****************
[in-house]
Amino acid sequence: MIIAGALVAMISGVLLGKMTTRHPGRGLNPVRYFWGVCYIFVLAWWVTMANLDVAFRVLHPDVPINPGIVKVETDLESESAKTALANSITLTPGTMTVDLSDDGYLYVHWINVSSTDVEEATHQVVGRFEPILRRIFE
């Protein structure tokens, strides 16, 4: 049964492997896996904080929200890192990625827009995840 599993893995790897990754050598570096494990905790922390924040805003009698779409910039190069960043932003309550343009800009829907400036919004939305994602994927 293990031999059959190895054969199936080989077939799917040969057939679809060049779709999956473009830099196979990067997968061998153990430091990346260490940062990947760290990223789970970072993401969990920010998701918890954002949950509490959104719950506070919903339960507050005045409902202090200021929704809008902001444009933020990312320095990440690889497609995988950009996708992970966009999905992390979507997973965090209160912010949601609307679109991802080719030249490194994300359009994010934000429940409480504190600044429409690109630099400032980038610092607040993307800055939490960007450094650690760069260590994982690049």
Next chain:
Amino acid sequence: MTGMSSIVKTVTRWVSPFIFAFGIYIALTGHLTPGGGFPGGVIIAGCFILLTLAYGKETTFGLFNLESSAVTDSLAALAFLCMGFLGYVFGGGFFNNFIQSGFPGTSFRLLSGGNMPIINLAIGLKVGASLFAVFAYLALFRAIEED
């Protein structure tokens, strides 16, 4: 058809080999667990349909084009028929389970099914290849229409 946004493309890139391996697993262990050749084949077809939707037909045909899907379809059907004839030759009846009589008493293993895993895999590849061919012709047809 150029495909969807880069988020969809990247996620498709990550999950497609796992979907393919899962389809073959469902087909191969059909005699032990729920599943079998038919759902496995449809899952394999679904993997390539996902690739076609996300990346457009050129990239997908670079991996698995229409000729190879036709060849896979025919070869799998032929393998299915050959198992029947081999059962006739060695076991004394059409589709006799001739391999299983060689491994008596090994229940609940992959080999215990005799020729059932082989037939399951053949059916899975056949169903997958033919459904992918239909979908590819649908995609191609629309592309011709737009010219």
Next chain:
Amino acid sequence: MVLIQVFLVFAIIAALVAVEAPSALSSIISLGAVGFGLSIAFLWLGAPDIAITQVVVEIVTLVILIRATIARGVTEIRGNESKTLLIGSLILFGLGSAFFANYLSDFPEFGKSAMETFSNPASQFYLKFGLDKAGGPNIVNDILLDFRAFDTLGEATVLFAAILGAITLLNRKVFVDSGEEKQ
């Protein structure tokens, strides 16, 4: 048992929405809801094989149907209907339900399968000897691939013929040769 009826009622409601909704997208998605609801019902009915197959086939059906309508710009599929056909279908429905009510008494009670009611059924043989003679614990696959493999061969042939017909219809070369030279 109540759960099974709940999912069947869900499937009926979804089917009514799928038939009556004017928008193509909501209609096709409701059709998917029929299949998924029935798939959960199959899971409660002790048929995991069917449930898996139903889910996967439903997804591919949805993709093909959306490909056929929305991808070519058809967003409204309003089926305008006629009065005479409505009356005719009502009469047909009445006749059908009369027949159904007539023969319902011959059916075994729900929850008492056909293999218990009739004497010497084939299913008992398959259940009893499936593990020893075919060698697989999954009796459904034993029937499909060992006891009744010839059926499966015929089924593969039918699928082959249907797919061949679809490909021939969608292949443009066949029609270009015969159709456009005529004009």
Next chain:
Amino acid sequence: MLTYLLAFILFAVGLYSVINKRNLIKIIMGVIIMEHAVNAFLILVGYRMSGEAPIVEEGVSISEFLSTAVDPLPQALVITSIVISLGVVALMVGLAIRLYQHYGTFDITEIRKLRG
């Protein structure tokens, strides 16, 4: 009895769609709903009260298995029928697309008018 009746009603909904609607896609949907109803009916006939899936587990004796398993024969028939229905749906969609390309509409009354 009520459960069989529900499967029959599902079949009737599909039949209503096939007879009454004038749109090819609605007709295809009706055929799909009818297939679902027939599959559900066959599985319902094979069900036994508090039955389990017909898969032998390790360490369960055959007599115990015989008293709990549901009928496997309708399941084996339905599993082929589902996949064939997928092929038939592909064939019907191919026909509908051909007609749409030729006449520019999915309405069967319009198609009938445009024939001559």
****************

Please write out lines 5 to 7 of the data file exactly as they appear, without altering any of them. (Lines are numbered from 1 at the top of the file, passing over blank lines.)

Amino acid sequence: MTGMSSIVKTVTRWVSPFIFAFGIYIALTGHLTPGGGFPGGVIIAGCFILLTLAYGKETTFGLFNLESSAVTDSLAALAFLCMGFLGYVFGGGFFNNFIQSGFPGTSFRLLSGGNMPIINLAIGLKVGASLFAVFAYLALFRAIEED
């Protein structure tokens, strides 16, 4: 058809080999667990349909084009028929389970099914290849229409 946004493309890139391996697993262990050749084949077809939707037909045909899907379809059907004839030759009846009589008493293993895993895999590849061919012709047809 150029495909969807880069988020969809990247996620498709990550999950497609796992979907393919899962389809073959469902087909191969059909005699032990729920599943079998038919759902496995449809899952394999679904993997390539996902690739076609996300990346457009050129990239997908670079991996698995229409000729190879036709060849896979025919070869799998032929393998299915050959198992029947081999059962006739060695076991004394059409589709006799001739391999299983060689491994008596090994229940609940992959080999215990005799020729059932082989037939399951053949059916899975056949169903997958033919459904992918239909979908590819649908995609191609629309592309011709737009010219």
Next chain: